When King Triton gives Ariel legs at the end of The Little Mermaid, that’s not a Deus Ex Machina. King Triton has been a major character in the story so far, we’ve established that his trident has magical transformative powers, and we’ve already seen the various sorcerers and mystical beings of the ocean have the power to do this specific thing — make homo sapiens sapiens out of homo sapiens seashell-bra.

If King Triton showed up at the end of You’ve Got Mail and sent Meg Ryan and Tom Hanks to a magical island where independent bookstores were commercially viable, that would be a Deus Ex Machina.

Worst porno ever.

Worst porno ever.

The Architect at the end of The Matrix Reloaded is a hit-you-over-the-head-with-stupid literal Deus Ex Machina. See, he’s a god, and he’s in the machine. And he explains to you how everything works and makes most of the plotline up until this point irrelevant. Then he makes a bunch of mysterious judgements. But I don’t want to talk about him anymore. There’s little nuance to it, and it’s depressing.

Don't look directly at him! Go to the next page! The next page!!!

Don't look directly at him! Go to the next page! The next page!!!

40 Comments on “The How of Who”

  1. Hazbaz #

    Great Article.
    As a Brit, I like your notion of The Doctor as idealised national metaphor. Is there an equivalant American figure on your screens at the moment?

     
  2. mlawski #

    I’d love to see that graph applied to Star Trek series. TOS seemed to have way more deus ex machina endings than I felt comfortable with.

     
  3. MaxPolun #

    Great article, though you did forget to mention that one of the great appeals of the show are the hilariously bad special effects.

    @wrather: Jack Bauer as avatar of America? Maybe of post-9/11 America (though I would say we are now probably entering the post-post-9/11 era). The frontier has so long been a part of American mythology that some explorer should really get the part. Captain Kirk is the obvious choice, though that seems unsatisfying, precisely because it is such an obvious choice.

    Though probably in truth any character will only embody some aspects of the national spirit (The Doctor doesn’t sum up everything to do with the UK either).

     
  4. stokes #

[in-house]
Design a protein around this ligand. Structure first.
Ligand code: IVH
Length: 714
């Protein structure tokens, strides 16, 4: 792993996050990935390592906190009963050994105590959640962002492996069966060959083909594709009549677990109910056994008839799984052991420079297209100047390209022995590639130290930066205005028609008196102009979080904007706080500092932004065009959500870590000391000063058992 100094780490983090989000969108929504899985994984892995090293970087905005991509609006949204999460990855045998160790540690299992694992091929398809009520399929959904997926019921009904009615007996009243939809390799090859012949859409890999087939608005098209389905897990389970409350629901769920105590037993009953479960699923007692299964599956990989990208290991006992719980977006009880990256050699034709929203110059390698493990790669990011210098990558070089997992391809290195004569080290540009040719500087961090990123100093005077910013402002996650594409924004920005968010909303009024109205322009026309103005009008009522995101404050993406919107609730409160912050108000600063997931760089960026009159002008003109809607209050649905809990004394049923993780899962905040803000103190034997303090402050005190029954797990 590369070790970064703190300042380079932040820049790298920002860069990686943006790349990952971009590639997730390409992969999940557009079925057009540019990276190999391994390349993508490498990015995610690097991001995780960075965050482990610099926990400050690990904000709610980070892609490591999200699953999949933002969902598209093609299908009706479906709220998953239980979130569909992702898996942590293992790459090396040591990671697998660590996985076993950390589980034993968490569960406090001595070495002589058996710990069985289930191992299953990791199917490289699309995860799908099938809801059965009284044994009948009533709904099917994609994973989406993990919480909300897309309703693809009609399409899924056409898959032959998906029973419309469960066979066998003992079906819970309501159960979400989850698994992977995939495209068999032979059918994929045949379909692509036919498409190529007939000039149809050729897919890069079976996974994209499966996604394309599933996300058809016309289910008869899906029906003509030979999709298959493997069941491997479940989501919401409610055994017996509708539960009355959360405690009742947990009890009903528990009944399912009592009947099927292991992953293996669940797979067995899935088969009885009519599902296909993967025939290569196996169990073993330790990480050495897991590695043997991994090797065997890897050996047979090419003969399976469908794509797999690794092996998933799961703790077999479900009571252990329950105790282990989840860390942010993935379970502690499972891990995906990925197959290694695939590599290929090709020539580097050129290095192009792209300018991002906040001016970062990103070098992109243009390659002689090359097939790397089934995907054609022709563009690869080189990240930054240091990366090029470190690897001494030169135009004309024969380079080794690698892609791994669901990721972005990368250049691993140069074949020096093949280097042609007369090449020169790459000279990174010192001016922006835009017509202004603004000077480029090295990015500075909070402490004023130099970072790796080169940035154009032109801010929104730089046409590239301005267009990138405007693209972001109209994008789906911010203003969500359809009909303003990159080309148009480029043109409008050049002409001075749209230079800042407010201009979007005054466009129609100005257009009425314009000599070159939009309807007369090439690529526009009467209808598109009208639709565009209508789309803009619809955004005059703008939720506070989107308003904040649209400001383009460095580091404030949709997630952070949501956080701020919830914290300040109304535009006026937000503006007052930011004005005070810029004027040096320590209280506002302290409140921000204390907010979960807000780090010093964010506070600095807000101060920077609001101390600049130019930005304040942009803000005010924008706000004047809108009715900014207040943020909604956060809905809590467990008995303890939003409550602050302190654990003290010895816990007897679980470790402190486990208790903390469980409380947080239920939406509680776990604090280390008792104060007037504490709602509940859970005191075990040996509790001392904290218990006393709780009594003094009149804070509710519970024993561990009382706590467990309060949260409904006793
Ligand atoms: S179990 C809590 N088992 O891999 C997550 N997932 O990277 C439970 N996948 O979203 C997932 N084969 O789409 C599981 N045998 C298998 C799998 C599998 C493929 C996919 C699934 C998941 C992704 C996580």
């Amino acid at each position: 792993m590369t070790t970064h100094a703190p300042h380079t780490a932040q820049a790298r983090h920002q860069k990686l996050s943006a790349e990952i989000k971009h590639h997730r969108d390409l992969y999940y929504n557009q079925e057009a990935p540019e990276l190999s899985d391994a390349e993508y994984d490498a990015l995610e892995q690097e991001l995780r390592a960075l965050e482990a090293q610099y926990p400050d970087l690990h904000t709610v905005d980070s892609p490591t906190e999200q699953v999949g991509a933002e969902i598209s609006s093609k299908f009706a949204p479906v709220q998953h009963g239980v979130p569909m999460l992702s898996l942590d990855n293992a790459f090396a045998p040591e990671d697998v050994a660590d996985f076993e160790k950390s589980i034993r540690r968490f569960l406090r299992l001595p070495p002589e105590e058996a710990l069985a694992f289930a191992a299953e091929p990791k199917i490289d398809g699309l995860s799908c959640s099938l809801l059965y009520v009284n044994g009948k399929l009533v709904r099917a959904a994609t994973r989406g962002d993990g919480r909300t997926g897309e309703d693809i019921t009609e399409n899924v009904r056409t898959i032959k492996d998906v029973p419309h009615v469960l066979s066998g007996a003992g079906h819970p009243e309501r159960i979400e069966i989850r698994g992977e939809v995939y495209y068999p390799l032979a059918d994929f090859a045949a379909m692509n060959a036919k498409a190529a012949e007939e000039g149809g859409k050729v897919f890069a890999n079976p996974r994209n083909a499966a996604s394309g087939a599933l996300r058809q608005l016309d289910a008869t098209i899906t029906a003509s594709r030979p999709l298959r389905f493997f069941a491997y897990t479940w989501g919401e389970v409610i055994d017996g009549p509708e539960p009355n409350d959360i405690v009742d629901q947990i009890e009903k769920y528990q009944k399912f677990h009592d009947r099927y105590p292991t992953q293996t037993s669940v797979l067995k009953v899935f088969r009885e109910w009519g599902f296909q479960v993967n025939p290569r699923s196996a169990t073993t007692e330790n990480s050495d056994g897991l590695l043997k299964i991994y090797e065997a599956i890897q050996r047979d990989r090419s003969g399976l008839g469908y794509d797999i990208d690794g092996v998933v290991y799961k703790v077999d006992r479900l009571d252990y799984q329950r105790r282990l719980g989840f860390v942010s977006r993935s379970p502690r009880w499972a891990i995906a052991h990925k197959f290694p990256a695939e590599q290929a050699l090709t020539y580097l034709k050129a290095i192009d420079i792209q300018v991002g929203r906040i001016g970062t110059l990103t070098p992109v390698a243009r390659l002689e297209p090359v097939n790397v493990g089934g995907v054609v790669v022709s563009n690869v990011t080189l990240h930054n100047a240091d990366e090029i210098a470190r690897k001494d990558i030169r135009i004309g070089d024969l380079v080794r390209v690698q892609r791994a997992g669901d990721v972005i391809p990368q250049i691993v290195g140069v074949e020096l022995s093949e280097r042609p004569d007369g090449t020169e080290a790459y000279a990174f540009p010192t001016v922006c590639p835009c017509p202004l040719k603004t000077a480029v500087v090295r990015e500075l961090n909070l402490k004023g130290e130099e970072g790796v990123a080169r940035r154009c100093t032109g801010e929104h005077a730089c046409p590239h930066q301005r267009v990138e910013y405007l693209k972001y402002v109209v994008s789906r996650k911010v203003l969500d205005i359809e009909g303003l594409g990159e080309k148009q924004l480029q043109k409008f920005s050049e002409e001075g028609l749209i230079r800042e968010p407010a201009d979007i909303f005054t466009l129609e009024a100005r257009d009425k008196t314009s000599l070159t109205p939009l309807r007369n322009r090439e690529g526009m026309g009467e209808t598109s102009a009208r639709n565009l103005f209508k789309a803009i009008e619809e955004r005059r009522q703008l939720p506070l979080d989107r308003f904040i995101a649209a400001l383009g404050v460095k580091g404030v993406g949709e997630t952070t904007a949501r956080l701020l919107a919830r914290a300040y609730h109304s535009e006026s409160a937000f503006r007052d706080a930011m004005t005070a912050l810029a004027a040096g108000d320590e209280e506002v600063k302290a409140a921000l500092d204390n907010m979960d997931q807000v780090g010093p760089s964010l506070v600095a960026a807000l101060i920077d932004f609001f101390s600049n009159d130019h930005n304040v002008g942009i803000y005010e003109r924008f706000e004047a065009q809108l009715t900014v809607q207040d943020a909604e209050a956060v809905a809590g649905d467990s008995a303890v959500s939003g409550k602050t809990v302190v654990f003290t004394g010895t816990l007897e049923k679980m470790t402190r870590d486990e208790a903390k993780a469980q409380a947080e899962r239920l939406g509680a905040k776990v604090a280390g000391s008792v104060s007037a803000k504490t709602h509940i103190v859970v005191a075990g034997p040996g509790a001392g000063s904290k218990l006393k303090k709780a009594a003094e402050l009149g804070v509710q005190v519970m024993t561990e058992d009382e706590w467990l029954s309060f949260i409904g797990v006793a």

How about Homer Simpson?

     
  5. Jim #

    Thanks for taking the time to write a great article on my question of the deus ex machina in pop culture. In true overthinking it form you managed to ascribe way more meaning and insight to my question then I ever dreamed.

    Great job.

    P.S., the land of 10,000 lakes is indeed Minnesota.

     
  6. Hazbaz #

    @Wrather Jack Bauer was my original thought as well, but i think he is more Bush-Era than anything else. Perhaps Captain Mal Reynolds?

     
  7. ill #

    Fantastic post, but what happened to the diabetic and flu afflicted loved ones?!?

     
  8. fenzel #

    Jack Bauer is symbolic, but he’s not metaphorical enough. He does dissociate himself far enough from the familiar to make the sort of intellectual points that the Doctor makes.

    Now, The Doctor and Jack Bauer are very similar as archetypes, but the metaphor I was talking about came from the relationship between The Doctor and his Companions, which is much more interesting and, I think, uniquely characteristic of the show. Jack Bauer doesn’t have anything comparable to that.

    Superheroes are so proliferate and kicked at this point that I really hesitate to pick any of them. Batman and Superman aren’t more interesting than other superheroes to nearly the extent The Doctor is more interesting than his fictional peers. Then again, very few characters have been around as long as The Doctor and come to carry so much cultural weight.

    Buffy the Vampire Slayer would be a good candidate if she were still on TV. I’ve always thought Robocop and Blade were great picks for the quintessentially American representative fantasy character, but they aren’t on TV now either. If I watched Lost, maybe the answer would jump out at me from there, but that doesn’t seem to be the kind of show that makes answers jump out at anybody. I also don’t watch Gossip Girl, in case the answer is in there.

    If you think of Oprah as a fictional character (which isn’t really that far off the mark), she’s pretty close.

    Got it!!!

    Who captures the American simultaneous obsession and revulsion with authority? Who shows off its pathological self-aware inability to lose faith in itself? Who runs the show on the fringe of the wilderness, on the edge of civilization? Who, through his relationships, speaks to the madness and beauty of Federalism? Who throws open the doors to all the people who end up on his doorstep, until the exact moment when he become disenchanted with them and starts throwing them out and accusing them of stealing things?

    Who loves being big-time, but secretly wishes he could be smaller, and really wishes the world could be smaller and cause him fewer problems?

     
  9. fenzel #

    And how do I post an image in a comment thread like Wrather did?

     
  10. fenzel #

    @ mlawski — On it. It might take a while.

    @ Max — Yeah, I only addressed it in an image caption — “There are silly aliens and lighting effects. Lovely.” But the visual style of the show is very endearing, even when it is awful.

    @ ill — The great thing about shooting hyperfiction particles at things is that, not only do they destroy entities, but they cure diabetes and viral infections! ;-)

    I’ve written on it before, but maybe at some point I’ll do a formal post about how much I hate what I call “Head Vampire Theory” – which is what I’m illustrating in those plot charts. Part of it is that once your central problem is solved, all your other problems are either immediately solved or don’t matter – and that’s just silly. But it gets worse . . .